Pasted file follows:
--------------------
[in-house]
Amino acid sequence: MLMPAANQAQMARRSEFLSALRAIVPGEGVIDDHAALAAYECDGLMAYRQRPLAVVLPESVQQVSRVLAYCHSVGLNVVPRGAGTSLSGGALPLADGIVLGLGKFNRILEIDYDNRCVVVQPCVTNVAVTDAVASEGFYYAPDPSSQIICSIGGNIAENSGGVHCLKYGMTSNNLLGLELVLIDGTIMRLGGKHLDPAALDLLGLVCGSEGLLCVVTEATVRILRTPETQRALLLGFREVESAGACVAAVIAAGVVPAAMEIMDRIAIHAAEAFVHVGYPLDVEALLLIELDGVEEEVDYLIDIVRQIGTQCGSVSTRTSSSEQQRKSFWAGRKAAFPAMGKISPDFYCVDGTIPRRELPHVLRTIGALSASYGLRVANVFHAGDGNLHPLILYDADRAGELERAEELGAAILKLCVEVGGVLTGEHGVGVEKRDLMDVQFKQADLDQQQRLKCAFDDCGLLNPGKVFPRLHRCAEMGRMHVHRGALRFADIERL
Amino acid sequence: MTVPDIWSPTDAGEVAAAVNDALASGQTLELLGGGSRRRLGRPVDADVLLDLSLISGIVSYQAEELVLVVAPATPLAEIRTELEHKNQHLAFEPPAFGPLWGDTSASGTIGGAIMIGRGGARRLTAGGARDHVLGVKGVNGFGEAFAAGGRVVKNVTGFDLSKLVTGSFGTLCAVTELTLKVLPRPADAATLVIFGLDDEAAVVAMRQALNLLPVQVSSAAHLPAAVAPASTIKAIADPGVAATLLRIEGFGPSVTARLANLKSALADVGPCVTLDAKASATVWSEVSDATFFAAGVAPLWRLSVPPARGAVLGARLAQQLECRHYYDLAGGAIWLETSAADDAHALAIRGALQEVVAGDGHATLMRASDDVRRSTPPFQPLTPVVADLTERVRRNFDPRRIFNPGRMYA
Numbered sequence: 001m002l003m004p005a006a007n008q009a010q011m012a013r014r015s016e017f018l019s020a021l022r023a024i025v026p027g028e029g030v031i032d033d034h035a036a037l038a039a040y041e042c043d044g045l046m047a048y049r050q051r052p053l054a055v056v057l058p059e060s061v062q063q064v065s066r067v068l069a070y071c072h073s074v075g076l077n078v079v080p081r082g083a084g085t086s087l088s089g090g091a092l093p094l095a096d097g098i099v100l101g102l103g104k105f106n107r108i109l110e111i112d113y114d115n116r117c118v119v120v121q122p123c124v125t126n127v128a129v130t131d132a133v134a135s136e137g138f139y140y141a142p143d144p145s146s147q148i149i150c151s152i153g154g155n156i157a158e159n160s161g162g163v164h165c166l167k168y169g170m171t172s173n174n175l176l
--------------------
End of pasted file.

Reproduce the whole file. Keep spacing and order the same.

[in-house]
Amino acid sequence: MLMPAANQAQMARRSEFLSALRAIVPGEGVIDDHAALAAYECDGLMAYRQRPLAVVLPESVQQVSRVLAYCHSVGLNVVPRGAGTSLSGGALPLADGIVLGLGKFNRILEIDYDNRCVVVQPCVTNVAVTDAVASEGFYYAPDPSSQIICSIGGNIAENSGGVHCLKYGMTSNNLLGLELVLIDGTIMRLGGKHLDPAALDLLGLVCGSEGLLCVVTEATVRILRTPETQRALLLGFREVESAGACVAAVIAAGVVPAAMEIMDRIAIHAAEAFVHVGYPLDVEALLLIELDGVEEEVDYLIDIVRQIGTQCGSVSTRTSSSEQQRKSFWAGRKAAFPAMGKISPDFYCVDGTIPRRELPHVLRTIGALSASYGLRVANVFHAGDGNLHPLILYDADRAGELERAEELGAAILKLCVEVGGVLTGEHGVGVEKRDLMDVQFKQADLDQQQRLKCAFDDCGLLNPGKVFPRLHRCAEMGRMHVHRGALRFADIERL
Amino acid sequence: MTVPDIWSPTDAGEVAAAVNDALASGQTLELLGGGSRRRLGRPVDADVLLDLSLISGIVSYQAEELVLVVAPATPLAEIRTELEHKNQHLAFEPPAFGPLWGDTSASGTIGGAIMIGRGGARRLTAGGARDHVLGVKGVNGFGEAFAAGGRVVKNVTGFDLSKLVTGSFGTLCAVTELTLKVLPRPADAATLVIFGLDDEAAVVAMRQALNLLPVQVSSAAHLPAAVAPASTIKAIADPGVAATLLRIEGFGPSVTARLANLKSALADVGPCVTLDAKASATVWSEVSDATFFAAGVAPLWRLSVPPARGAVLGARLAQQLECRHYYDLAGGAIWLETSAADDAHALAIRGALQEVVAGDGHATLMRASDDVRRSTPPFQPLTPVVADLTERVRRNFDPRRIFNPGRMYA
Numbered sequence: 001m002l003m004p005a006a007n008q009a010q011m012a013r014r015s016e017f018l019s020a021l022r023a024i025v026p027g028e029g030v031i032d033d034h035a036a037l038a039a040y041e042c043d044g045l046m047a048y049r050q051r052p053l054a055v056v057l058p059e060s061v062q063q064v065s066r067v068l069a070y071c072h073s074v075g076l077n078v079v080p081r082g083a084g085t086s087l088s089g090g091a092l093p094l095a096d097g098i099v100l101g102l103g104k105f106n107r108i109l110e111i112d113y114d115n116r117c118v119v120v121q122p123c124v125t126n127v128a129v130t131d132a133v134a135s136e137g138f139y140y141a142p143d144p145s146s147q148i149i150c151s152i153g154g155n156i157a158e159n160s161g162g163v164h165c166l167k168y169g170m171t172s173n174n175l176l